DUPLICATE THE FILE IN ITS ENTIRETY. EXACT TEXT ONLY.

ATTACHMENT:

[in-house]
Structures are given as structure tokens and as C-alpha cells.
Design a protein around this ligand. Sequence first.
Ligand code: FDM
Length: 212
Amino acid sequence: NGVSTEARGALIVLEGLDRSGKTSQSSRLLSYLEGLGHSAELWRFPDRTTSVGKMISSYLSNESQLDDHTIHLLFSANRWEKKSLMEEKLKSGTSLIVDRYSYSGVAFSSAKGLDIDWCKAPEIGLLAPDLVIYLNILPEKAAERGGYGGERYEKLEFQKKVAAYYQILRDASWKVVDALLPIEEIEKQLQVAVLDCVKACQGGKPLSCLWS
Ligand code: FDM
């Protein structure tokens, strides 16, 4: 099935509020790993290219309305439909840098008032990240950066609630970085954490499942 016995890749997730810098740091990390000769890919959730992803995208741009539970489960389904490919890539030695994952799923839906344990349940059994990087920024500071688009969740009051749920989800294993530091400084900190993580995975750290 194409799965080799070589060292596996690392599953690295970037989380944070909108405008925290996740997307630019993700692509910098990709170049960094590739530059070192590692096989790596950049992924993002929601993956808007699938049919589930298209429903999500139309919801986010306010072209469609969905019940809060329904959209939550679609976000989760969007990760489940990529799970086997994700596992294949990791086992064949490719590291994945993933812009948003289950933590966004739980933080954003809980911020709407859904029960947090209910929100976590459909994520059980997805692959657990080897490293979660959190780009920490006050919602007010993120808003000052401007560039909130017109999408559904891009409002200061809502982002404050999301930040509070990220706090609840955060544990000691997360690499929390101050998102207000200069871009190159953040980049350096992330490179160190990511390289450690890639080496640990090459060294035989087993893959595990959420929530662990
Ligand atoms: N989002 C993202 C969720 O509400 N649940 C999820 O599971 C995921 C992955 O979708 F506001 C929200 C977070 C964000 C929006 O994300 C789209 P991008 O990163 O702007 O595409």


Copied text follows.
[in-house]
Structures are given as structure tokens and as C-alpha cells.
Design a protein around this ligand. Sequence first.
Ligand code: FDM
Length: 212
Amino acid sequence: NGVSTEARGALIVLEGLDRSGKTSQSSRLLSYLEGLGHSAELWRFPDRTTSVGKMISSYLSNESQLDDHTIHLLFSANRWEKKSLMEEKLKSGTSLIVDRYSYSGVAFSSAKGLDIDWCKAPEIGLLAPDLVIYLNILPEKAAERGGYGGERYEKLEFQKKVAAYYQILRDASWKVVDALLPIEEIEKQLQVAVLDCVKACQGGKPLSCLWS
Ligand code: FDM
């Protein structure tokens, strides 16, 4: 099935509020790993290219309305439909840098008032990240950066609630970085954490499942 016995890749997730810098740091990390000769890919959730992803995208741009539970489960389904490919890539030695994952799923839906344990349940059994990087920024500071688009969740009051749920989800294993530091400084900190993580995975750290 194409799965080799070589060292596996690392599953690295970037989380944070909108405008925290996740997307630019993700692509910098990709170049960094590739530059070192590692096989790596950049992924993002929601993956808007699938049919589930298209429903999500139309919801986010306010072209469609969905019940809060329904959209939550679609976000989760969007990760489940990529799970086997994700596992294949990791086992064949490719590291994945993933812009948003289950933590966004739980933080954003809980911020709407859904029960947090209910929100976590459909994520059980997805692959657990080897490293979660959190780009920490006050919602007010993120808003000052401007560039909130017109999408559904891009409002200061809502982002404050999301930040509070990220706090609840955060544990000691997360690499929390101050998102207000200069871009190159953040980049350096992330490179160190990511390289450690890639080496640990090459060294035989087993893959595990959420929530662990
Ligand atoms: N989002 C993202 C969720 O509400 N649940 C999820 O599971 C995921 C992955 O979708 F506001 C929200 C977070 C964000 C929006 O994300 C789209 P991008 O990163 O702007 O595409």